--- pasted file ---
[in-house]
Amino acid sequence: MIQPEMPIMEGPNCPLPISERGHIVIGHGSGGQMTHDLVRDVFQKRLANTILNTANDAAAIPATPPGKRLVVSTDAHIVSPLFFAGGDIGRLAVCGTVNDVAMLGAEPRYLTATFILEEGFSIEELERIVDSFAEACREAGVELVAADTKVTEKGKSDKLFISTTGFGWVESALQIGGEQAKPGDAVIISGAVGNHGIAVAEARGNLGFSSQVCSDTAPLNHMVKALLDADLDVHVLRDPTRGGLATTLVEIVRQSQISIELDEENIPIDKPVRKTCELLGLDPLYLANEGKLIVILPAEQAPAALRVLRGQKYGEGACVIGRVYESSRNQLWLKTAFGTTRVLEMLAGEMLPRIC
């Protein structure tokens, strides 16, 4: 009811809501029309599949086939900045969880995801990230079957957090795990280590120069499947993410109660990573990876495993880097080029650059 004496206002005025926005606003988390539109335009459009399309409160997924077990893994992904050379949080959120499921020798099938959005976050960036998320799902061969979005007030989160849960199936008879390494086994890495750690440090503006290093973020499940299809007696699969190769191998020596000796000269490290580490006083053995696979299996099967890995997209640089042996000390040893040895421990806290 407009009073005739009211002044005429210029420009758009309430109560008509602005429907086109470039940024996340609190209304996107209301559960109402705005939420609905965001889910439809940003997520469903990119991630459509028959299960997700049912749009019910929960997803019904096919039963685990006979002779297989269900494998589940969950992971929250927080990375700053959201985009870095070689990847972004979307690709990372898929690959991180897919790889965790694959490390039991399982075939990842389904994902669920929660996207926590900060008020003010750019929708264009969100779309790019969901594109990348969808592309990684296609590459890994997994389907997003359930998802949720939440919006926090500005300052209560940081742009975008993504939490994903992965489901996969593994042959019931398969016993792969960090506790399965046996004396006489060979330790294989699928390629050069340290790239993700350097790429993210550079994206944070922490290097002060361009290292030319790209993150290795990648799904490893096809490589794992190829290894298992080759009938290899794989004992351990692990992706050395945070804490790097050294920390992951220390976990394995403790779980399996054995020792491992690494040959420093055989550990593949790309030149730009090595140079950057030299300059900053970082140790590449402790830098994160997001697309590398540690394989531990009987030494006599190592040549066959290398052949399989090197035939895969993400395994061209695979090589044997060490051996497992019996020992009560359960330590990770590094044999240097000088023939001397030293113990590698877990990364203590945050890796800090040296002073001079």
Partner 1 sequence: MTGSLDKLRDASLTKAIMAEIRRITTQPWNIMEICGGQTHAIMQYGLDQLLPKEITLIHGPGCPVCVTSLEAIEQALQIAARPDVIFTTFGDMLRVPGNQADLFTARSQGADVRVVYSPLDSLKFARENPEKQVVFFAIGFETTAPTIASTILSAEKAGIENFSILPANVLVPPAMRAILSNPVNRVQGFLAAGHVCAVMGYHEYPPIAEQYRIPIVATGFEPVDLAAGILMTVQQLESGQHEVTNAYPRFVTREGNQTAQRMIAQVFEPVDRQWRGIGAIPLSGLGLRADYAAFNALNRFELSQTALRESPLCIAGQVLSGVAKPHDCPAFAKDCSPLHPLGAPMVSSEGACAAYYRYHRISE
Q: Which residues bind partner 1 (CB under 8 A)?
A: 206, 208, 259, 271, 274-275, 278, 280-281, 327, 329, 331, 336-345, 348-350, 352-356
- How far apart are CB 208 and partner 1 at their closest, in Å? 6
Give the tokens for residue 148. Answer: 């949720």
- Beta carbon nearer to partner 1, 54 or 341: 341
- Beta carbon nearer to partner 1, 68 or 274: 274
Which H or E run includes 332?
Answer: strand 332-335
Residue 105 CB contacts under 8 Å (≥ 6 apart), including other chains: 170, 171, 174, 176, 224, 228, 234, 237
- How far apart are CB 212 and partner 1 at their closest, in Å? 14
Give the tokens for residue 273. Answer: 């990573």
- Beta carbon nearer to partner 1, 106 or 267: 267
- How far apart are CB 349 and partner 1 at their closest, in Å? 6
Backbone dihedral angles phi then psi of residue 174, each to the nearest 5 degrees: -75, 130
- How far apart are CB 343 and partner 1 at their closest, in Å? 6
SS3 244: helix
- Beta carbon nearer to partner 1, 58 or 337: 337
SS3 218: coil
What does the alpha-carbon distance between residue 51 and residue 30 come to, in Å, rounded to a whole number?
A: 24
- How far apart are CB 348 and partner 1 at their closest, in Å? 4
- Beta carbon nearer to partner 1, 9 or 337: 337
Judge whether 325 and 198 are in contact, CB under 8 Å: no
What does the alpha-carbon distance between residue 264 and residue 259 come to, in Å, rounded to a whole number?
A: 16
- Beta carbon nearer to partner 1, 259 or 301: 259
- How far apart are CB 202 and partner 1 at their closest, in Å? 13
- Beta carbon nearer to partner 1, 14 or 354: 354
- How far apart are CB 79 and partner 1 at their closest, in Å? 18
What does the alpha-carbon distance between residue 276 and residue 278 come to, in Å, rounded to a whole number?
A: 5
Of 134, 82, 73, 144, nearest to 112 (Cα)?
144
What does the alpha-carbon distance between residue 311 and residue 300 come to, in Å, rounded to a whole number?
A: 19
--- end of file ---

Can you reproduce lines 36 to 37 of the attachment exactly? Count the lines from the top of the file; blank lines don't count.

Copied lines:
Of 134, 82, 73, 144, nearest to 112 (Cα)?
144